Excerpts from a column about the agreement that Frank Appel wrote for the German business newspaper Handelsblatt on December 18, 2013:
December 7, 2013, was a good day for the world economy. After years of wrangling, the delegates of the 159 countries represented in the World Trade Organization (WTO) reached an historic agreement at their meeting in Bali. The far-reaching accord that emerged from the conference will result in sweeping changes that will streamline world trade.
The agreement illustrates two points: The WTO has demonstrated its capacity to act. And the global community has shown its clear determination to overcome its differences and move global prosperity and inclusion for all to the very top of its agenda. In addition, the agreement serves as a strong psychological counterpoint to the financial and sovereign-debt crisis as well as to fears about renewed protectionism.
But global prosperity and inclusion for all will not arise all by themselves. They grow and thrive particularly well in international networks. The DHL Global Connectedness Index shows that the degree of global connectedness is correlated to GDP growth rates and that highly connected countries enjoy more growth and, thus, higher standards of living. Europe and the export country of Germany located in the middle of it are impressive examples of this success. Europe is the world’s most connected region and dominates the top 10 ranking of the most connected economies around the globe.
The European Union committed itself at an early stage – one could describe it as a pioneer in this regard – to the principle of free movement of goods, services, capital and workers. As a result, it has been able to write a historic success story that continues to evolve today. The EU and the common currency, the euro, are worth fighting for. And the reason is obvious: They are the foundation of Europe’s prosperity. The strengths of this continent are primarily fueled by growth. For this reason, more, not less globalization is the order of the day from a European perspective.
But this world is not as globalized as many people would like to believe. The converse is actually the case: The world is less connected today than it was in 2007. The DHL Global Connectedness Index shows that about 60 percent of international trade takes place within regions or continents. For trade, capital flows and information exchange, the degree of globalization is less than 20 percent, and, frequently, it even falls below 10 percent.
Trade barriers must be taken down. They inhibit the economic and, thus, social development of many countries. With the Bali agreement, delegates have set the course for free trade and increased market access around the world.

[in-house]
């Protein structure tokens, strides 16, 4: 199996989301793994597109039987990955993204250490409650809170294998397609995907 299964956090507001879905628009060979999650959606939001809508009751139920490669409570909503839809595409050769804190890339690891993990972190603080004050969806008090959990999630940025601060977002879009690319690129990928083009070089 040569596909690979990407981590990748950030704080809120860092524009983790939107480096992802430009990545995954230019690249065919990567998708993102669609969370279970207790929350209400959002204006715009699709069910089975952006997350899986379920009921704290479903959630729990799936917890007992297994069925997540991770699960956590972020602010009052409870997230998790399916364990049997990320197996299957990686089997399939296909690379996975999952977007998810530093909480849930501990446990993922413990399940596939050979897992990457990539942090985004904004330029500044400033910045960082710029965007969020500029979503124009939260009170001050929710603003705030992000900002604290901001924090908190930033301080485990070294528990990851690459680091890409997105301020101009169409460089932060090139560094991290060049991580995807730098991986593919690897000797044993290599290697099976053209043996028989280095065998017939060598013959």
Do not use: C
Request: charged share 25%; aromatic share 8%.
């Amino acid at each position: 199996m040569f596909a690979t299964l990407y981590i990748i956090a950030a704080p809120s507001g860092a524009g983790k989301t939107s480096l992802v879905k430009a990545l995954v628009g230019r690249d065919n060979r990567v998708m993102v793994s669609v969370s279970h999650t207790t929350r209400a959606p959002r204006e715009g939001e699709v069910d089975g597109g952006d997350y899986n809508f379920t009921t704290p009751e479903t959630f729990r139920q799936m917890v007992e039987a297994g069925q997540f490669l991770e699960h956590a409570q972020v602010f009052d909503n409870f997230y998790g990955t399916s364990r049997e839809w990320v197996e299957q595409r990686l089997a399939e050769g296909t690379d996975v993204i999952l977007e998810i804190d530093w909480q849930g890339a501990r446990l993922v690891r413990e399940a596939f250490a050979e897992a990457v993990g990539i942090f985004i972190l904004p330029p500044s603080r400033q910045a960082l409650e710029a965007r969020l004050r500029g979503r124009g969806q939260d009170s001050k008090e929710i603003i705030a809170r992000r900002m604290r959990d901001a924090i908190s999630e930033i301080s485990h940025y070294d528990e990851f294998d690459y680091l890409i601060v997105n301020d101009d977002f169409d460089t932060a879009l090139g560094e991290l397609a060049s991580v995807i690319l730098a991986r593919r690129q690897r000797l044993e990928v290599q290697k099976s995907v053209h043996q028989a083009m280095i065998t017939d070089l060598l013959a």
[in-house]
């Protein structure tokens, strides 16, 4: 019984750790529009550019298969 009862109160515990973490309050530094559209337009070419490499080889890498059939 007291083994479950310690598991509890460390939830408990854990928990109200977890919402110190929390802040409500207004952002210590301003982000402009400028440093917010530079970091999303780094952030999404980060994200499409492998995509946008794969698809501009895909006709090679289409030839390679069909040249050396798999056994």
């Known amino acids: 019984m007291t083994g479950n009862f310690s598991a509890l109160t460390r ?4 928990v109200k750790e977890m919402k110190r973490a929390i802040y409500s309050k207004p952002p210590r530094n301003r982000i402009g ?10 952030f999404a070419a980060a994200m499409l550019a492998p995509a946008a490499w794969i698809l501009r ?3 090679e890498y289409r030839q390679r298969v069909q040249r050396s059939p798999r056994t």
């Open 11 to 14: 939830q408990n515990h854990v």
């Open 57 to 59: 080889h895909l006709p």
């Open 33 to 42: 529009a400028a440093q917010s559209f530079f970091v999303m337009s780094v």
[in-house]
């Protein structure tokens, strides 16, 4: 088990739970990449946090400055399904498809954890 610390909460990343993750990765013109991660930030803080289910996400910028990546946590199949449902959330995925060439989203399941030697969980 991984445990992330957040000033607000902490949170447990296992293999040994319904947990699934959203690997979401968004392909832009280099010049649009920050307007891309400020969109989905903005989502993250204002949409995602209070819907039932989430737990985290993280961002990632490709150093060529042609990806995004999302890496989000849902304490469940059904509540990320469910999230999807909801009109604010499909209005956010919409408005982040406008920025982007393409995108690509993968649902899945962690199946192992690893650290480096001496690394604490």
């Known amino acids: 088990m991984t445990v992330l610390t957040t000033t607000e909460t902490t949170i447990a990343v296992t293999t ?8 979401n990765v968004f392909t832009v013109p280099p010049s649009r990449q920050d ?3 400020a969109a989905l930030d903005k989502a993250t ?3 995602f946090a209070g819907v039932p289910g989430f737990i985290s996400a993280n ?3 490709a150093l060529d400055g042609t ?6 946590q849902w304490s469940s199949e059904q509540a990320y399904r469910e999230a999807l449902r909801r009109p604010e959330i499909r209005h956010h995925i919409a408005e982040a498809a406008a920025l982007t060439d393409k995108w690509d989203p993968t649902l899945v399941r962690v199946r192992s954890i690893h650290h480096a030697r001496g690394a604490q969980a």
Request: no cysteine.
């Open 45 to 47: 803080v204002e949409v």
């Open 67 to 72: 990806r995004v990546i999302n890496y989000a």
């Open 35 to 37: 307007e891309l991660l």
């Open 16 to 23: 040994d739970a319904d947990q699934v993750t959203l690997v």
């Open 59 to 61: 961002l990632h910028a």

In Europe, too, much work still must be done before the single market has been completely put into place. This work includes eliminating restrictions like the cabotage ban in freight traffic, dismantling bureaucratic barriers related to customs and security, and exploiting the strengths of all means of transport to create seamlessly connected infrastructure and climate-efficient mobility.
Logistics is a strong lever. It creates the necessary infrastructure, links markets and people – and actually makes globalization possible. In Europe, logistics is the largest industry with potential market volume of about EUR 900 billion and more than 7 million jobs.
The Bali agreement is far-sighted in this regard as well: Through the streamlining of trade and customs regulations, important steps have been taken to support logistics. The dismantling of bureaucratic barriers will be a milestone in the effort to create cross-border supply chains.
But: The spirit of Bali must not become a fly-by-night phenomenon. It is now up to political leaders to move beyond national egotism and, thus, enable all people to share in progress and prosperity. The momentum must be used to apply fresh force to such major projects as the Transatlantic Trade and Investment Partnership and the Doha Round of the WTO, an effort that is designed to address trade issues that affect developing and emerging countries, among other areas, and that many people have given up for dead.
The formula for future success is this: More prosperity through more networking. One point is clear: Bali can only be a beginning.
Beyond economic gains: Why a EU – U.S. free trade deal is vitally important
More information on the Global Connectedness Index 2012
Pankaj Ghemawat: Track Connectedness Today to Deliver a Better Tomorrow
Is globalization still the answer? – Delphi Dialog with Frank Appel and Pankaj Ghemawat